Signs of recovery: Cargo handling at ports gains momentum

In an early indication of economic recovery, cargo handling in Indian ports is witnessing a spike. The trend was noticed since mid-December and gained momentum in January.

Cargo handling at ports normally improves in December-January. But this year has been different due to sluggish economic growth during the last two quarters. The manufacturing sector suffered contraction for nearly five months with trailing effect on port operations.

According to Indian Ports Association (IPA), 12 major (government-run) ports reported barely 0.98 per cent growth in cargo during April-December 2019. Though the growth is still lower than last year, things have certainly changed for the better in January in both bulk and containerised cargo.

At Paradip, iron ore and pellet exports are maintaining a robust growth in January, leading to congestion and waiting at berths.

Paradip is primarily into bulk cargo. A robust 90 per cent growth in iron ore, which is one-fifth of the total cargo handled, helped the port compensate the fall in many major categories and post 3.97 per cent growth in cargo during April-December 2019.

The change in mood is more evident in coal, which makes up roughly one-third of the total cargo at Paradip. During the past nine months, thermal and coking coal imports were down by 21 per cent and 4.6 per cent, respectively. According to port sources, traffic was up in January.

At Kolkata, Chairman Vinit Kumar confirms a definite uptrend in bulk and container cargo since mid-December. Kolkata is the second largest container port in the East coast, after Chennai.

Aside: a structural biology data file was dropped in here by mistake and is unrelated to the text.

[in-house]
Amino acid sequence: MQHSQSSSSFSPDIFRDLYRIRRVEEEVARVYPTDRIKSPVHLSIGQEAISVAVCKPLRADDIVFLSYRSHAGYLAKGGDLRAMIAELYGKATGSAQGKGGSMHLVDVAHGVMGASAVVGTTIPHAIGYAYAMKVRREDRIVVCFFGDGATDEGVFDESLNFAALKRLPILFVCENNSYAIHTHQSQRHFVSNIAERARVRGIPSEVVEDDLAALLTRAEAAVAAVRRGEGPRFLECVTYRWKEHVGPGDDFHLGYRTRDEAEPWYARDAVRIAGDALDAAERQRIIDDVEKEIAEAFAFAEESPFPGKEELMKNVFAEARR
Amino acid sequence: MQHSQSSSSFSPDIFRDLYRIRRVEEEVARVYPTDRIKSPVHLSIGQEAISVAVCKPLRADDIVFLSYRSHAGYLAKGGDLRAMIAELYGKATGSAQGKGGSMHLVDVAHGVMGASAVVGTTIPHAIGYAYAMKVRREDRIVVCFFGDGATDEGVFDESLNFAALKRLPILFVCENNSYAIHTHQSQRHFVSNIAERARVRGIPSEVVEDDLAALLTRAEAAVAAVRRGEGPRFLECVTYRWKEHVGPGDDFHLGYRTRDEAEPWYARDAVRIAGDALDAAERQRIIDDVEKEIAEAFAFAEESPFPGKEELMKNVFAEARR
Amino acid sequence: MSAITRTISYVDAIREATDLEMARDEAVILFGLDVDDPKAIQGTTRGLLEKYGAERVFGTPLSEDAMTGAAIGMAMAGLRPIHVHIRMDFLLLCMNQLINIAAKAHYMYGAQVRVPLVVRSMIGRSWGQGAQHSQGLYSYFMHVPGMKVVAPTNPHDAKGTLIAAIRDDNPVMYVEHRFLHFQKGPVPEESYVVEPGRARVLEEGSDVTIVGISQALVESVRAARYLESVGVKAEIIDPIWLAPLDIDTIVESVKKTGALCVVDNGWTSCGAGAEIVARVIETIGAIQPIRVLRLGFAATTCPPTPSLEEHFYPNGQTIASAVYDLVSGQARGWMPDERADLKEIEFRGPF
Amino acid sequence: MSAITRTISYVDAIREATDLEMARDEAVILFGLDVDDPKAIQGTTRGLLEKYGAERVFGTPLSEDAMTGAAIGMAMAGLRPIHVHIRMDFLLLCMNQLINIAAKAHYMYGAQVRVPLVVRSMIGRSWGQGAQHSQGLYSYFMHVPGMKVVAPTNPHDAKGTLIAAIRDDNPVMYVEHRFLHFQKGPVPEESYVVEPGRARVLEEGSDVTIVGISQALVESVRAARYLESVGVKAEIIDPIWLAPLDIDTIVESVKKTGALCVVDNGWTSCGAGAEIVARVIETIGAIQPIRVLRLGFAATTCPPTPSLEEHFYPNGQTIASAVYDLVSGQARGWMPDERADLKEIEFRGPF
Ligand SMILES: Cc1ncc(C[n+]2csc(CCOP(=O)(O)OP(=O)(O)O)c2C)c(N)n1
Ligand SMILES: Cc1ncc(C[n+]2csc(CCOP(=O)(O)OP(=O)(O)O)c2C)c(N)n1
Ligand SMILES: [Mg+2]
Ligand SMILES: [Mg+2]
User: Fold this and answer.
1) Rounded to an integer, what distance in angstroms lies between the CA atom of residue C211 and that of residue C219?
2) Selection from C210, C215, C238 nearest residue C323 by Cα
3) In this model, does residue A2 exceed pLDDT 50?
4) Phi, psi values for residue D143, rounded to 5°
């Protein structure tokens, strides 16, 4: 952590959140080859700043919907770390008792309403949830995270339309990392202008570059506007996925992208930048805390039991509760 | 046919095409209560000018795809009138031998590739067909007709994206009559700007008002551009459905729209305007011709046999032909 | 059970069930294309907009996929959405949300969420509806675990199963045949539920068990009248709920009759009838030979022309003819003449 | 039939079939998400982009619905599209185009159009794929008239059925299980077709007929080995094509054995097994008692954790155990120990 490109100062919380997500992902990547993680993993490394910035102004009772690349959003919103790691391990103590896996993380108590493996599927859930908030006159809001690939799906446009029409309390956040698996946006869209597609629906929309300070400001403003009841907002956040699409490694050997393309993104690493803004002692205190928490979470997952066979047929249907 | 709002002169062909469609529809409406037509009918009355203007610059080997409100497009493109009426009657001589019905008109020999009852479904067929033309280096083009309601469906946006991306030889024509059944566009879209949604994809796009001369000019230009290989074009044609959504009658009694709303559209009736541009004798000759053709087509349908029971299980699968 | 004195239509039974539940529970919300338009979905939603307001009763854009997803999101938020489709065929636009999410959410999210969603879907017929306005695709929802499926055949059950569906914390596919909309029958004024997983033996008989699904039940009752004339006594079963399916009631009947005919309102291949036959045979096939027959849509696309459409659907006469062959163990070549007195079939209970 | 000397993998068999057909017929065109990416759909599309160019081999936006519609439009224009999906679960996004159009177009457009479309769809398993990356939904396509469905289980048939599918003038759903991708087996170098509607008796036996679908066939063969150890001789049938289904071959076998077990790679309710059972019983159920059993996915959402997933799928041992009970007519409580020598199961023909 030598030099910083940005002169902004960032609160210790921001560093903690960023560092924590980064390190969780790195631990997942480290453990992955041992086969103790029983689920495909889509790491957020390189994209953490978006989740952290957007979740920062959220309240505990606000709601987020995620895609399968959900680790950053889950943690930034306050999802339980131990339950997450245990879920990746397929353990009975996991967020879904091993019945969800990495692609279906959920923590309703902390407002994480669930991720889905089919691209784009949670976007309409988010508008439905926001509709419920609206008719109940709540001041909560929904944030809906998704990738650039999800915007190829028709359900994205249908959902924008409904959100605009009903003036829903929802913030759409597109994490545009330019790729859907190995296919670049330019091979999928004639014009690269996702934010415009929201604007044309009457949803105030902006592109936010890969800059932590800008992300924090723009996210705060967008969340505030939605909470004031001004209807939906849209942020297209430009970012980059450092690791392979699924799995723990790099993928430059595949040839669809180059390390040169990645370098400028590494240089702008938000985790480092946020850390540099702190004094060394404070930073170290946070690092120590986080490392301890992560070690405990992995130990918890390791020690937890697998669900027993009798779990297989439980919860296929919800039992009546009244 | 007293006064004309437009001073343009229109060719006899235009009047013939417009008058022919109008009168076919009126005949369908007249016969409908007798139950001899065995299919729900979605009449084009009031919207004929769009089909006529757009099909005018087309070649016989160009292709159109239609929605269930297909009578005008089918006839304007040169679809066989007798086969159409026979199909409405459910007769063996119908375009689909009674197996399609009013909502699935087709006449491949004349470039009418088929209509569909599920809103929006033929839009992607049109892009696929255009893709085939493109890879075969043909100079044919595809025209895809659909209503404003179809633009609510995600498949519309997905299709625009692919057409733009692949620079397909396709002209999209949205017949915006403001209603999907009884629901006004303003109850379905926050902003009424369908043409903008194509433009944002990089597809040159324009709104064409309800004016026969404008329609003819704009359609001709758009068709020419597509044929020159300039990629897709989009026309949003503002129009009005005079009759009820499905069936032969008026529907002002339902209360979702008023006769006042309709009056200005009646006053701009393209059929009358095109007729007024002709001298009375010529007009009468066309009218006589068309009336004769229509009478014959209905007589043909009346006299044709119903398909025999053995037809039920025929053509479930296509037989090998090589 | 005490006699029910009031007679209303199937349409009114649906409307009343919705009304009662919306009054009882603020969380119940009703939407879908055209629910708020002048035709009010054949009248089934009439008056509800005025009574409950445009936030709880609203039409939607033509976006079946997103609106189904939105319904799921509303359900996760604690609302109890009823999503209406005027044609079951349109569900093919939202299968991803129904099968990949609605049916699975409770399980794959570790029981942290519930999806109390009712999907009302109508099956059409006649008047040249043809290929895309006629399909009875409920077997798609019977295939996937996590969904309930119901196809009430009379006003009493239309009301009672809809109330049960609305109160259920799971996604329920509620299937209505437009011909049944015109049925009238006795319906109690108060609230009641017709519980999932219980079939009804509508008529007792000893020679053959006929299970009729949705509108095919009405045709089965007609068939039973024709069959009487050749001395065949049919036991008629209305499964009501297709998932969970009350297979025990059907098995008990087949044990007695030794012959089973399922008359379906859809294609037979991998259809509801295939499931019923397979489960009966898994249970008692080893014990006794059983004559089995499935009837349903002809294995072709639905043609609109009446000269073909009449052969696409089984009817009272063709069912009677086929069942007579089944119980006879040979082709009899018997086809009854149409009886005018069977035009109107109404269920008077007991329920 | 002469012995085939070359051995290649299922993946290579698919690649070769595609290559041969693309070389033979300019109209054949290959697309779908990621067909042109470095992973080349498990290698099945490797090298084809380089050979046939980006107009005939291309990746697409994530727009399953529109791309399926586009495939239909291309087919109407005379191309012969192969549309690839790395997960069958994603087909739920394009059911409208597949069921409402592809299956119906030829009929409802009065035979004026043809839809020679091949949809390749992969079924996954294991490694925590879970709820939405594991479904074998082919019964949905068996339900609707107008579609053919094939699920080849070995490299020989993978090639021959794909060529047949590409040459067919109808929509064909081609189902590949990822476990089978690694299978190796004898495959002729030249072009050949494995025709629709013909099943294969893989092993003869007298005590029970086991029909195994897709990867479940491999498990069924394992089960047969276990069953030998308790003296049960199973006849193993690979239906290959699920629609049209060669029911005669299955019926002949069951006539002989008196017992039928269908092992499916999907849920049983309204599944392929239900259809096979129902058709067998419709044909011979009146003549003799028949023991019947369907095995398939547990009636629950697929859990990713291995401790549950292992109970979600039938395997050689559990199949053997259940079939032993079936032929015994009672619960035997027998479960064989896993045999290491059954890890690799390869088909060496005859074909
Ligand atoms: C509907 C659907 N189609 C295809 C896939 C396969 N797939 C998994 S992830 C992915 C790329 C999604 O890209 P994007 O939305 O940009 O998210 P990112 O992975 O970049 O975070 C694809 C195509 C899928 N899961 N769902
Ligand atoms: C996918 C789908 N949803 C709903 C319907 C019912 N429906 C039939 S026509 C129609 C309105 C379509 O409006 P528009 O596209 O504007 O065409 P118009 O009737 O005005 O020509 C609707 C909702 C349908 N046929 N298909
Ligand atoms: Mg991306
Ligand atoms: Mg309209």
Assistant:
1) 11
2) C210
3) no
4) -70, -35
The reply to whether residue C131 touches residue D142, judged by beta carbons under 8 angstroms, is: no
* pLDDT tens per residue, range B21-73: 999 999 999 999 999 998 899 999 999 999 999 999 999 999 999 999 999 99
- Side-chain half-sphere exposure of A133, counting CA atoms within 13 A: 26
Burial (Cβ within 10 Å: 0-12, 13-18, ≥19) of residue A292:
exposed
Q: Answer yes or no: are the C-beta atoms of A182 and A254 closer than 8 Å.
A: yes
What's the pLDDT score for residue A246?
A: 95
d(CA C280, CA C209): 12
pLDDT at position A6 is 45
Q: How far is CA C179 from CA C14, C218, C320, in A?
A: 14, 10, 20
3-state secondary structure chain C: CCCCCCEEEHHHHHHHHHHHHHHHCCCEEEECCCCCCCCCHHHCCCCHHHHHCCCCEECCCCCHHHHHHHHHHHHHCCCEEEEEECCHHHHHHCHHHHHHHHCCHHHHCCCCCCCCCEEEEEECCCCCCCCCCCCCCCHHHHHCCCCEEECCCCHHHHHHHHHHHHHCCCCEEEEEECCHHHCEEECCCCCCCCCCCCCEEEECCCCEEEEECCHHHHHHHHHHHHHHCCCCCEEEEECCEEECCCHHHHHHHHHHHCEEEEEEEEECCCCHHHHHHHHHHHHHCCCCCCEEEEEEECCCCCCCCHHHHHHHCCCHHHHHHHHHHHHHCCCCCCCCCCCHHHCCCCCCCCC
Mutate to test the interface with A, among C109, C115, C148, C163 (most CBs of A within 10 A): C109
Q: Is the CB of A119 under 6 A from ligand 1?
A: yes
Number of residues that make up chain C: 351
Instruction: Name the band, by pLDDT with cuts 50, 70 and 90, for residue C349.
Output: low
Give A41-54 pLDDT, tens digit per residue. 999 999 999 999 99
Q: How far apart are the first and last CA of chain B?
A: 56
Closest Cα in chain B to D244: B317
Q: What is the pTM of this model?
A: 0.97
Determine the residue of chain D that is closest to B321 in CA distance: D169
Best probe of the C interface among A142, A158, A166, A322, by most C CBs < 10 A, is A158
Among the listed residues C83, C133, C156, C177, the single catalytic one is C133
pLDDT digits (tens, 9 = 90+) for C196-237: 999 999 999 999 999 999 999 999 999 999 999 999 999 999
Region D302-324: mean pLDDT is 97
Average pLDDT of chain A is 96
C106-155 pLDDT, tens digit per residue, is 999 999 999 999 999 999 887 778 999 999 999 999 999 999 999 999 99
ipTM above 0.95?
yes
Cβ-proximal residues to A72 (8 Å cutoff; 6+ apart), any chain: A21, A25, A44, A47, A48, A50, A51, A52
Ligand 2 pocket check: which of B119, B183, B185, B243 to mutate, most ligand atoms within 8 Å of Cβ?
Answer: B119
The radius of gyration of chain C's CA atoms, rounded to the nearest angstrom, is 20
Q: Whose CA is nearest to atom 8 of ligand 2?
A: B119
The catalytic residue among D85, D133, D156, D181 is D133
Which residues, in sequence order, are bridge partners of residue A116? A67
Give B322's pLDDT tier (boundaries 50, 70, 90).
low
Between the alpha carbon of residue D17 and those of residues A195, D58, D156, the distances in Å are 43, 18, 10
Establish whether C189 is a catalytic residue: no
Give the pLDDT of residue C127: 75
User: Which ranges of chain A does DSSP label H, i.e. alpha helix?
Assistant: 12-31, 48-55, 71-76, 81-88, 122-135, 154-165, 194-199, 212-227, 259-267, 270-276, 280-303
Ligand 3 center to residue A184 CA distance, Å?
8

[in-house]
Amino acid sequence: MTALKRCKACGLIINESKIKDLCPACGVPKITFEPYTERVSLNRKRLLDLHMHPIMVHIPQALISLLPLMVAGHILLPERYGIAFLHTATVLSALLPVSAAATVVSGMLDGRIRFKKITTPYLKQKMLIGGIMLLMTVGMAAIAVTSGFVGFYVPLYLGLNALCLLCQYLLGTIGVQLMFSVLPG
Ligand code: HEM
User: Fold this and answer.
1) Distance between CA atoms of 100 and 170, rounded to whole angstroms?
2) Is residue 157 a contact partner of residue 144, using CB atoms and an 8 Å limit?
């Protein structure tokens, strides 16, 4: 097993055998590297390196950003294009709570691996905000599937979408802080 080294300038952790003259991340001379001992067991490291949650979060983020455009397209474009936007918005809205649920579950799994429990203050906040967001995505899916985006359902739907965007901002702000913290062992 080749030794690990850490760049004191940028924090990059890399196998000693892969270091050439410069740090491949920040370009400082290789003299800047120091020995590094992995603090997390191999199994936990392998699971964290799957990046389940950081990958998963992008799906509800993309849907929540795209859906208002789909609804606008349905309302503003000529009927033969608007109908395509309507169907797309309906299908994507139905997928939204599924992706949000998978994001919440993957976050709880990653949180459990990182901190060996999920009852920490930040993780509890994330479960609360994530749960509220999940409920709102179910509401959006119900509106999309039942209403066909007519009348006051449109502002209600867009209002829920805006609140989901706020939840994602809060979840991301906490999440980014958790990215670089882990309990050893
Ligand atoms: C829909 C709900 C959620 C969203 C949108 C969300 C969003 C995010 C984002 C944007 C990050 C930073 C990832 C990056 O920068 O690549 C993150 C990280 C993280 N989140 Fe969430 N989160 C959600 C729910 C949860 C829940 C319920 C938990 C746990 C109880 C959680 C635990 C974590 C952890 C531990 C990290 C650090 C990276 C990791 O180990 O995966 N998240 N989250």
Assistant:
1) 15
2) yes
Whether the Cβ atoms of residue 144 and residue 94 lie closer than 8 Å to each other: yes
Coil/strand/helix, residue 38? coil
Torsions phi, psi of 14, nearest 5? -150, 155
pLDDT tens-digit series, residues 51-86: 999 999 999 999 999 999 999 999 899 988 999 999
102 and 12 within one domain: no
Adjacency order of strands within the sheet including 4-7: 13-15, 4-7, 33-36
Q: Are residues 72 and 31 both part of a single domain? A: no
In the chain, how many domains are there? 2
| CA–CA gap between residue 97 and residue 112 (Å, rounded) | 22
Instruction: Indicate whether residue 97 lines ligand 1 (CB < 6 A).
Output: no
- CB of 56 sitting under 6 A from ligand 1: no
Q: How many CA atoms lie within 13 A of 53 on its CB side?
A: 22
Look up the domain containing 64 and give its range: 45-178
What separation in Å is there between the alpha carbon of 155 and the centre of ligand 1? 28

“Cargo is growing by 3-4 per cent in in all segments. Container cargo is rising by nearly 4 per cent,” Kumar told. According to IPA, during April-December, the port reported 2.8 per cent growth in the handling of twenty-feet equivalent (TEU) boxes. Total cargo grew by 2 per cent.

Strong recovery

What is significant about Kolkata is, apart from domestic demand, the city caters to nearly 80 per cent of Nepal’s $3-billion third-country trade and the entire third-country import demand of Bhutan. Kumar says cargo for both the countries is witnessing a strong recovery.

Though details are not available, sources confirm similar trends in Visakhapatnam (Vizag) port. It reported a 8.64 per cent growth — strongest in the East coast — during April-December, riding on petroleum cargo, iron ore and coking coal.

Sources say the growth has picked up in recent weeks.

Dhamra (Odisha) of Adani Group witnessed a distinct rise in cargo this fiscal. However, sources are not ready to link it to the general economic recovery, as the port suffered from “massive shortage” of rakes during the previous year.

“There is a general upswing this year. This is due to improved wagon supply and induction of rakes by Adani Logistics and Tata Martrade International Logistics Ltd (TMILL) under the GPWIS (general purpose wagon induction) scheme,” a source said.